Donald Pitts McCullum (January 28, 1928 – December 25, 1988) was a judge and life-long social justice advocate in Oakland. The San Francisco Examiner's Image Magazine called him "one of three great contributors to Bay Area social justice in the past 100 years." 2
"The measure of performance and the value of an endeavor is directly related to the obstacles surmounted, the adversity overcome and the sacrifices made by a person." - Judge Donald P. McCullum
McCullum was a highly decorated officer in the Navy during the Korean War. Starting in the 1950s he was active as a civil rights attorney and in the NAACP. He served as Deputy District Attorney of Alameda County.
In the 1970s, McCullum was city attorney of Berkeley while also running his own law firm. He resigned after the Berkeley city council voted to prohibit outside employment by department heads. 3
He was a judge with the Alameda County Superior Court from 1977 until his death in 1988. A tribute from Rep. Ron Dellums in the Congressional Record states that Judge McCullum was appointed to the California appeals court in 1982 and and the California Supreme Court in 1984, 2 but this portion of the tribute information is not correct, since multiple sources from 1982-1988 continue to refer to him as a Superior Court judge, including a reference to California Courts and Judges which notes that the woman who replaced him as an Alameda County judge after his death was appointed on January 17, 1989.4
Family and Education
Donald was born in 1928, in Little Rock, Arkansas, to Charles A. McCullum and Irene Pitts (McCullum). He was the fourth of six children; his siblings were Laura McCullum, Charles McCullum, Leander McCullum, James Thomas McCullum, and Ernize McCullum (Adams). In 1953, McCullum graduated from the Boston University School of Law, and married Peggy Cook (McCullum). They had three children, Donald A. McCullum, Erica McCullum, and Peggy Lisa McCullum (Godfrey).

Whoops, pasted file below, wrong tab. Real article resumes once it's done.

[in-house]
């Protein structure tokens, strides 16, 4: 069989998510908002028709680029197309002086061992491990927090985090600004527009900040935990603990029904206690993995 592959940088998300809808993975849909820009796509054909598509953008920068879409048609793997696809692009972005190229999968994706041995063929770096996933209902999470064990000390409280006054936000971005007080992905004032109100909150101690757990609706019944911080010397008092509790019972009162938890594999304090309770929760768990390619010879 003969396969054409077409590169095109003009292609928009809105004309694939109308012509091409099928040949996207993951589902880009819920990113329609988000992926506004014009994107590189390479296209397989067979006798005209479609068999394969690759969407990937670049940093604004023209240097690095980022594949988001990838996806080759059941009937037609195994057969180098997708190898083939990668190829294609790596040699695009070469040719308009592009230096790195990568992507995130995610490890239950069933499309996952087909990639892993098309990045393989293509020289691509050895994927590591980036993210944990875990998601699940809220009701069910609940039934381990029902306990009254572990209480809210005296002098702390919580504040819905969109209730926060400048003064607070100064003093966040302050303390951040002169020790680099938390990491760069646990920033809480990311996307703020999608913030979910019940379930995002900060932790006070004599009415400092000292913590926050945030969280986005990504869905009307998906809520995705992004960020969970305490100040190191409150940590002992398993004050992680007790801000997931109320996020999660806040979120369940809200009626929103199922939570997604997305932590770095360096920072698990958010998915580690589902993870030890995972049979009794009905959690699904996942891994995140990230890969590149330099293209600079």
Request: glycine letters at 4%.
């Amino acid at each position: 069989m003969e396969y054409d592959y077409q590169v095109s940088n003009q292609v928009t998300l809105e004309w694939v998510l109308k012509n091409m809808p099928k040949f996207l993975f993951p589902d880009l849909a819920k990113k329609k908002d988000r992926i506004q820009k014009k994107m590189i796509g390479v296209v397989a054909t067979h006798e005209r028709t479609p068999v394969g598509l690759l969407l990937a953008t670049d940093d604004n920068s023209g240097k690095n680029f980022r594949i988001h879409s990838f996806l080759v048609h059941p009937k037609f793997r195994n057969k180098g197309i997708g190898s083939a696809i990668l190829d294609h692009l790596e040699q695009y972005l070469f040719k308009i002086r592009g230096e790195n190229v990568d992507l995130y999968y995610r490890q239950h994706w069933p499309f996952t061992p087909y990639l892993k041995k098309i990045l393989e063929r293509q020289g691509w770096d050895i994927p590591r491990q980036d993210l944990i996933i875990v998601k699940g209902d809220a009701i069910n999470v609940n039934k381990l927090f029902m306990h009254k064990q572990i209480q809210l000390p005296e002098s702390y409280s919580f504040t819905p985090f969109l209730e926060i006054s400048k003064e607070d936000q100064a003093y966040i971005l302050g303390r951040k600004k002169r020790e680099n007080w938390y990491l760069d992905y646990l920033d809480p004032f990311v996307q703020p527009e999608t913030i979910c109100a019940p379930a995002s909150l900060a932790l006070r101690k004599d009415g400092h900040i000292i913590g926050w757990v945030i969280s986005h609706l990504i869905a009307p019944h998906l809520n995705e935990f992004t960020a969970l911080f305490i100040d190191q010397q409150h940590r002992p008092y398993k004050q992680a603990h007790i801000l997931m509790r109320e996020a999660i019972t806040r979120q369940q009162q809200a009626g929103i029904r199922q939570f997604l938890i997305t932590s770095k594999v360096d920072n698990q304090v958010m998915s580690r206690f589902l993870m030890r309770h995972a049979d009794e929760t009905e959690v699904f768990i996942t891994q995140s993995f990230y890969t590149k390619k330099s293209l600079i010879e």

Judge Donald P. McCullum 1928-1988 Alameda County Superior Court Oakland, CA 1977-1988 "LAW WILL NEVER BE STRONG OR RESPECTED UNLESS IT HAS THE SENTIMENT OF THE PEOPLE BEHIND IT. IF THE PEOPLE OF THE STATE MAKES BAD LAWS, THEY WILL SUFFER FOR IT. THEY WILL BE THE FIRST TO SUFFER. SUFFERING AND NOTHING ELSE, WILL IMPLANT THAT SENTIMENT OF RESPONSIBILITY WHICH IS THE FIRST STEP TO REFORM." James Bryce The American Commonwealth 1888
Death and Burial
McCullum died December 25, 1988. His parents and a number of his siblings moved to Oakland as well, but the whereabouts of their remains is unknown.